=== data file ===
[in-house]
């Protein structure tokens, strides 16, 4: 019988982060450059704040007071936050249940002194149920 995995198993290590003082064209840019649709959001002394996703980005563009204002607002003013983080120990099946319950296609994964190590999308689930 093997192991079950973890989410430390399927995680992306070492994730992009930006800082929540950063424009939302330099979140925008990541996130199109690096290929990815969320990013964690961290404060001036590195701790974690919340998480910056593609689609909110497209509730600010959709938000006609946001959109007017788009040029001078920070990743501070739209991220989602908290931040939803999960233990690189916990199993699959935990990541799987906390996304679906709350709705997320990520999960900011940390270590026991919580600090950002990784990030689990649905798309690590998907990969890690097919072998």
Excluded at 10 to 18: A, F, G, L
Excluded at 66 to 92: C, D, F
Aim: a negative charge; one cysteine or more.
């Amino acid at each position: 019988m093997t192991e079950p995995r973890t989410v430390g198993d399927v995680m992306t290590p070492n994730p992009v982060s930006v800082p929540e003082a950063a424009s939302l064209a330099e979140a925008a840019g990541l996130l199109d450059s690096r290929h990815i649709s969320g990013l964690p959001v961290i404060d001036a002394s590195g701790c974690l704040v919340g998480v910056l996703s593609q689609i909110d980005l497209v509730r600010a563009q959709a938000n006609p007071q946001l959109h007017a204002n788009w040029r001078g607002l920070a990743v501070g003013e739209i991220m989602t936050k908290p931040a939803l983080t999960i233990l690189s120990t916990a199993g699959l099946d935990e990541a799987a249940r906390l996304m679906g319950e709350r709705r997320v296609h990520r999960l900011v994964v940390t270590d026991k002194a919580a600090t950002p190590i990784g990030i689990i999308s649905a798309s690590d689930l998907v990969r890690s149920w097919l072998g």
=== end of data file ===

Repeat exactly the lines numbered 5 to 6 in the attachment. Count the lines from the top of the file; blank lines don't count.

Aim: a negative charge; one cysteine or more.
């Amino acid at each position: 019988m093997t192991e079950p995995r973890t989410v430390g198993d399927v995680m992306t290590p070492n994730p992009v982060s930006v800082p929540e003082a950063a424009s939302l064209a330099e979140a925008a840019g990541l996130l199109d450059s690096r290929h990815i649709s969320g990013l964690p959001v961290i404060d001036a002394s590195g701790c974690l704040v919340g998480v910056l996703s593609q689609i909110d980005l497209v509730r600010a563009q959709a938000n006609p007071q946001l959109h007017a204002n788009w040029r001078g607002l920070a990743v501070g003013e739209i991220m989602t936050k908290p931040a939803l983080t999960i233990l690189s120990t916990a199993g699959l099946d935990e990541a799987a249940r906390l996304m679906g319950e709350r709705r997320v296609h990520r999960l900011v994964v940390t270590d026991k002194a919580a600090t950002p190590i990784g990030i689990i999308s649905a798309s690590d689930l998907v990969r890690s149920w097919l072998g």